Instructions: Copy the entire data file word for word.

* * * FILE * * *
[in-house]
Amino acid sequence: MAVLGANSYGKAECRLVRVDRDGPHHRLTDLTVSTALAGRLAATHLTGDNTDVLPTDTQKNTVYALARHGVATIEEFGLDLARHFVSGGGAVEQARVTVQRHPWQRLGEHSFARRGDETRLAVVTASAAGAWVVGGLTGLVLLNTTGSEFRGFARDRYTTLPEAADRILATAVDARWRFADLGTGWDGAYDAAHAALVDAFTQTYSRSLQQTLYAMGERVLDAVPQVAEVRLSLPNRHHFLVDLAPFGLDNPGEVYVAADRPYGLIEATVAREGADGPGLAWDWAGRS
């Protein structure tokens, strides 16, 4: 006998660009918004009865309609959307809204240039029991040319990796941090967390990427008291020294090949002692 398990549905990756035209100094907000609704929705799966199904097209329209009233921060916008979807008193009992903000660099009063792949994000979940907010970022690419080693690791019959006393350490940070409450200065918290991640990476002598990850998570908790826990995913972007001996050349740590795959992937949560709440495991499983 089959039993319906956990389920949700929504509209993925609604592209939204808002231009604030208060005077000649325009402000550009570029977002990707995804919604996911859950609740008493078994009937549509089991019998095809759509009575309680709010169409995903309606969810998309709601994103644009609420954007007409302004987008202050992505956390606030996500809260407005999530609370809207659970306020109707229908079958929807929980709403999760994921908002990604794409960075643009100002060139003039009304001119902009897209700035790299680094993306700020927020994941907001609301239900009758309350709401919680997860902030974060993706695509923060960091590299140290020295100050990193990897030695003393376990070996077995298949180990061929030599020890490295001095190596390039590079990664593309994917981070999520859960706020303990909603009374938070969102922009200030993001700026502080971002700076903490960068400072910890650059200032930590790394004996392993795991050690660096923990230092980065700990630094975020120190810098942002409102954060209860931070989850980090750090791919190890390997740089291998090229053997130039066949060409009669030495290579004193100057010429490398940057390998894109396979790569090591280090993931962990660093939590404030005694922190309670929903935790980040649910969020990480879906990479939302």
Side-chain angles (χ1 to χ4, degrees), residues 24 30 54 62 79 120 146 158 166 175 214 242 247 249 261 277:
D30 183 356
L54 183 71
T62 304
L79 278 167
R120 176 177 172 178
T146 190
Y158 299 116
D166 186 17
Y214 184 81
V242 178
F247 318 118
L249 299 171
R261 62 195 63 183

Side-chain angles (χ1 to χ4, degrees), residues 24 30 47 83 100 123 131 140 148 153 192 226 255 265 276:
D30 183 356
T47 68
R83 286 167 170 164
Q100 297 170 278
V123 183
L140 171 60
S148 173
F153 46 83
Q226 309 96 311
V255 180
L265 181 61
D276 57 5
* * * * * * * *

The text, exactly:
[in-house]
Amino acid sequence: MAVLGANSYGKAECRLVRVDRDGPHHRLTDLTVSTALAGRLAATHLTGDNTDVLPTDTQKNTVYALARHGVATIEEFGLDLARHFVSGGGAVEQARVTVQRHPWQRLGEHSFARRGDETRLAVVTASAAGAWVVGGLTGLVLLNTTGSEFRGFARDRYTTLPEAADRILATAVDARWRFADLGTGWDGAYDAAHAALVDAFTQTYSRSLQQTLYAMGERVLDAVPQVAEVRLSLPNRHHFLVDLAPFGLDNPGEVYVAADRPYGLIEATVAREGADGPGLAWDWAGRS
């Protein structure tokens, strides 16, 4: 006998660009918004009865309609959307809204240039029991040319990796941090967390990427008291020294090949002692 398990549905990756035209100094907000609704929705799966199904097209329209009233921060916008979807008193009992903000660099009063792949994000979940907010970022690419080693690791019959006393350490940070409450200065918290991640990476002598990850998570908790826990995913972007001996050349740590795959992937949560709440495991499983 089959039993319906956990389920949700929504509209993925609604592209939204808002231009604030208060005077000649325009402000550009570029977002990707995804919604996911859950609740008493078994009937549509089991019998095809759509009575309680709010169409995903309606969810998309709601994103644009609420954007007409302004987008202050992505956390606030996500809260407005999530609370809207659970306020109707229908079958929807929980709403999760994921908002990604794409960075643009100002060139003039009304001119902009897209700035790299680094993306700020927020994941907001609301239900009758309350709401919680997860902030974060993706695509923060960091590299140290020295100050990193990897030695003393376990070996077995298949180990061929030599020890490295001095190596390039590079990664593309994917981070999520859960706020303990909603009374938070969102922009200030993001700026502080971002700076903490960068400072910890650059200032930590790394004996392993795991050690660096923990230092980065700990630094975020120190810098942002409102954060209860931070989850980090750090791919190890390997740089291998090229053997130039066949060409009669030495290579004193100057010429490398940057390998894109396979790569090591280090993931962990660093939590404030005694922190309670929903935790980040649910969020990480879906990479939302």
Side-chain angles (χ1 to χ4, degrees), residues 24 30 54 62 79 120 146 158 166 175 214 242 247 249 261 277:
D30 183 356
L54 183 71
T62 304
L79 278 167
R120 176 177 172 178
T146 190
Y158 299 116
D166 186 17
Y214 184 81
V242 178
F247 318 118
L249 299 171
R261 62 195 63 183

Side-chain angles (χ1 to χ4, degrees), residues 24 30 47 83 100 123 131 140 148 153 192 226 255 265 276:
D30 183 356
T47 68
R83 286 167 170 164
Q100 297 170 278
V123 183
L140 171 60
S148 173
F153 46 83
Q226 309 96 311
V255 180
L265 181 61
D276 57 5